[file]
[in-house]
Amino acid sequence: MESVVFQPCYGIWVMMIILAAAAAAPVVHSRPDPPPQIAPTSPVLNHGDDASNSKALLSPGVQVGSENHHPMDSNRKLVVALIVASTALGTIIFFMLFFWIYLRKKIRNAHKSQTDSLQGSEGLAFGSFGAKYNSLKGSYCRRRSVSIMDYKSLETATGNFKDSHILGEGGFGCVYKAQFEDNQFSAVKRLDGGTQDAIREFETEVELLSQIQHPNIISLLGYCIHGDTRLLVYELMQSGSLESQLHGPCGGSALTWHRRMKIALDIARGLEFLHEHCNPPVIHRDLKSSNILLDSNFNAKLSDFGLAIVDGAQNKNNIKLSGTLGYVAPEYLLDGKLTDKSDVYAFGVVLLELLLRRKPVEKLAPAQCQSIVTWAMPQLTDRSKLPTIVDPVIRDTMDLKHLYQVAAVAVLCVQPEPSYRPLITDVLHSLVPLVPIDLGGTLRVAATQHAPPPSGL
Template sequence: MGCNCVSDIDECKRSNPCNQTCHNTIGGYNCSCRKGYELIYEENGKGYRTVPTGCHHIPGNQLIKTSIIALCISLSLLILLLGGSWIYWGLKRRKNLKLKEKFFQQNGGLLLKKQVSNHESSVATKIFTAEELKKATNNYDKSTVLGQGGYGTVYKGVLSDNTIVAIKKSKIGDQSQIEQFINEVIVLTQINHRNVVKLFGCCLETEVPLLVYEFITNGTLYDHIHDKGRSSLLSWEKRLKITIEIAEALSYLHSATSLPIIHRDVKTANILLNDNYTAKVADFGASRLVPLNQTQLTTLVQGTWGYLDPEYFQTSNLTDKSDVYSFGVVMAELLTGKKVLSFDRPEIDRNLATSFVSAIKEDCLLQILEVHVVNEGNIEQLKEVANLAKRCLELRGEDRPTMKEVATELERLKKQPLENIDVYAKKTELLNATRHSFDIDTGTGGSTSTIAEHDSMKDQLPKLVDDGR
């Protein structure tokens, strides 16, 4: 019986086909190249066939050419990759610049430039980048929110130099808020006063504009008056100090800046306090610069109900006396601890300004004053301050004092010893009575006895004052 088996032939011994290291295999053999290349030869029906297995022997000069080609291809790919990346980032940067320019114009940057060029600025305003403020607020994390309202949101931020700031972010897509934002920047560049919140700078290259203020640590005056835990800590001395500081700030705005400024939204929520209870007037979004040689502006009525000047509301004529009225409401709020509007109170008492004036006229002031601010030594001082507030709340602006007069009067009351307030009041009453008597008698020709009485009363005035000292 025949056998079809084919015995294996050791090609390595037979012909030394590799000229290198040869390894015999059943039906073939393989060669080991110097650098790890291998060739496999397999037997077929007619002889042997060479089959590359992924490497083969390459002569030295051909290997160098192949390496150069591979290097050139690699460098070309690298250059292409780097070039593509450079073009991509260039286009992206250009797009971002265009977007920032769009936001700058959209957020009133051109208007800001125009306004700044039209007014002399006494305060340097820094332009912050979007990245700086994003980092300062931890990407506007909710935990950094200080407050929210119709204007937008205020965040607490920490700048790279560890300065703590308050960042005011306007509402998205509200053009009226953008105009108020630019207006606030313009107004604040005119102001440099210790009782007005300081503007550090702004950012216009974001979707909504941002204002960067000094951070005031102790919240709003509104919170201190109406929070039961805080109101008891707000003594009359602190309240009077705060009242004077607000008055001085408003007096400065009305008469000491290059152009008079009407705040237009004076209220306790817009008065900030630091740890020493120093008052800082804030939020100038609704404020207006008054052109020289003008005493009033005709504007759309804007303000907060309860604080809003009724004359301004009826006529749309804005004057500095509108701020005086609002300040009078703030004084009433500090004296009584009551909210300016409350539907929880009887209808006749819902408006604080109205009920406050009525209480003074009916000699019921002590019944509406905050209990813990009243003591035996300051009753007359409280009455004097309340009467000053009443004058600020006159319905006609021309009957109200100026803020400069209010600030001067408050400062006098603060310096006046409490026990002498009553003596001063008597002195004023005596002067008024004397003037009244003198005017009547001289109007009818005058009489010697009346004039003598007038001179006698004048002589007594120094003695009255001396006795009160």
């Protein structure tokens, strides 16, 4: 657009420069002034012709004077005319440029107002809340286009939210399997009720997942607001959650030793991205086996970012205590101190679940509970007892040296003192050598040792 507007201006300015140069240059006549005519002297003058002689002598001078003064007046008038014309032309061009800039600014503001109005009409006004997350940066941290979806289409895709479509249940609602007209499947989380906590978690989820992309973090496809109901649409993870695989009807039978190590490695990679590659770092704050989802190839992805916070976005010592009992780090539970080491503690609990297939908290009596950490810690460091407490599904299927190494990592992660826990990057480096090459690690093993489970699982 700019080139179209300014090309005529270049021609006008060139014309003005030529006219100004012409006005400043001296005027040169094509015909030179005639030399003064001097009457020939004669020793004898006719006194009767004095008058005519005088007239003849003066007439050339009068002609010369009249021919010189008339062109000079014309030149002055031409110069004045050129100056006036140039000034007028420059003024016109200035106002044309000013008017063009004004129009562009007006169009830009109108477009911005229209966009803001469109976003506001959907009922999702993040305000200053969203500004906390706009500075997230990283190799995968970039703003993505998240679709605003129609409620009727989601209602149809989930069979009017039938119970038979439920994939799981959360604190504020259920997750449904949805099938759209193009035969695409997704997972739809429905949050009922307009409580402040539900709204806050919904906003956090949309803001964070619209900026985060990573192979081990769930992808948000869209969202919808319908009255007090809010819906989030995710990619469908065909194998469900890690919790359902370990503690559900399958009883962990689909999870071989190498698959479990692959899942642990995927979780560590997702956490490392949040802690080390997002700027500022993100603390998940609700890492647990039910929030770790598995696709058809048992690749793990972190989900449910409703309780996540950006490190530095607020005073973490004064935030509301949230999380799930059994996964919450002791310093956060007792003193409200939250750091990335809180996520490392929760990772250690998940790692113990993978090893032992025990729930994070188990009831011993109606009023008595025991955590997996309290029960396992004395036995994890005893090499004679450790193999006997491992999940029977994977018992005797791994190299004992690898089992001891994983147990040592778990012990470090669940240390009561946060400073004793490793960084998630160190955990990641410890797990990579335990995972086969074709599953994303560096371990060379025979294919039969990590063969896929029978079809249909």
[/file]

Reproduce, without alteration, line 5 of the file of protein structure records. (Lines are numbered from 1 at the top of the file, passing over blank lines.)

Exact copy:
């Protein structure tokens, strides 16, 4: 657009420069002034012709004077005319440029107002809340286009939210399997009720997942607001959650030793991205086996970012205590101190679940509970007892040296003192050598040792 507007201006300015140069240059006549005519002297003058002689002598001078003064007046008038014309032309061009800039600014503001109005009409006004997350940066941290979806289409895709479509249940609602007209499947989380906590978690989820992309973090496809109901649409993870695989009807039978190590490695990679590659770092704050989802190839992805916070976005010592009992780090539970080491503690609990297939908290009596950490810690460091407490599904299927190494990592992660826990990057480096090459690690093993489970699982 700019080139179209300014090309005529270049021609006008060139014309003005030529006219100004012409006005400043001296005027040169094509015909030179005639030399003064001097009457020939004669020793004898006719006194009767004095008058005519005088007239003849003066007439050339009068002609010369009249021919010189008339062109000079014309030149002055031409110069004045050129100056006036140039000034007028420059003024016109200035106002044309000013008017063009004004129009562009007006169009830009109108477009911005229209966009803001469109976003506001959907009922999702993040305000200053969203500004906390706009500075997230990283190799995968970039703003993505998240679709605003129609409620009727989601209602149809989930069979009017039938119970038979439920994939799981959360604190504020259920997750449904949805099938759209193009035969695409997704997972739809429905949050009922307009409580402040539900709204806050919904906003956090949309803001964070619209900026985060990573192979081990769930992808948000869209969202919808319908009255007090809010819906989030995710990619469908065909194998469900890690919790359902370990503690559900399958009883962990689909999870071989190498698959479990692959899942642990995927979780560590997702956490490392949040802690080390997002700027500022993100603390998940609700890492647990039910929030770790598995696709058809048992690749793990972190989900449910409703309780996540950006490190530095607020005073973490004064935030509301949230999380799930059994996964919450002791310093956060007792003193409200939250750091990335809180996520490392929760990772250690998940790692113990993978090893032992025990729930994070188990009831011993109606009023008595025991955590997996309290029960396992004395036995994890005893090499004679450790193999006997491992999940029977994977018992005797791994190299004992690898089992001891994983147990040592778990012990470090669940240390009561946060400073004793490793960084998630160190955990990641410890797990990579335990995972086969074709599953994303560096371990060379025979294919039969990590063969896929029978079809249909």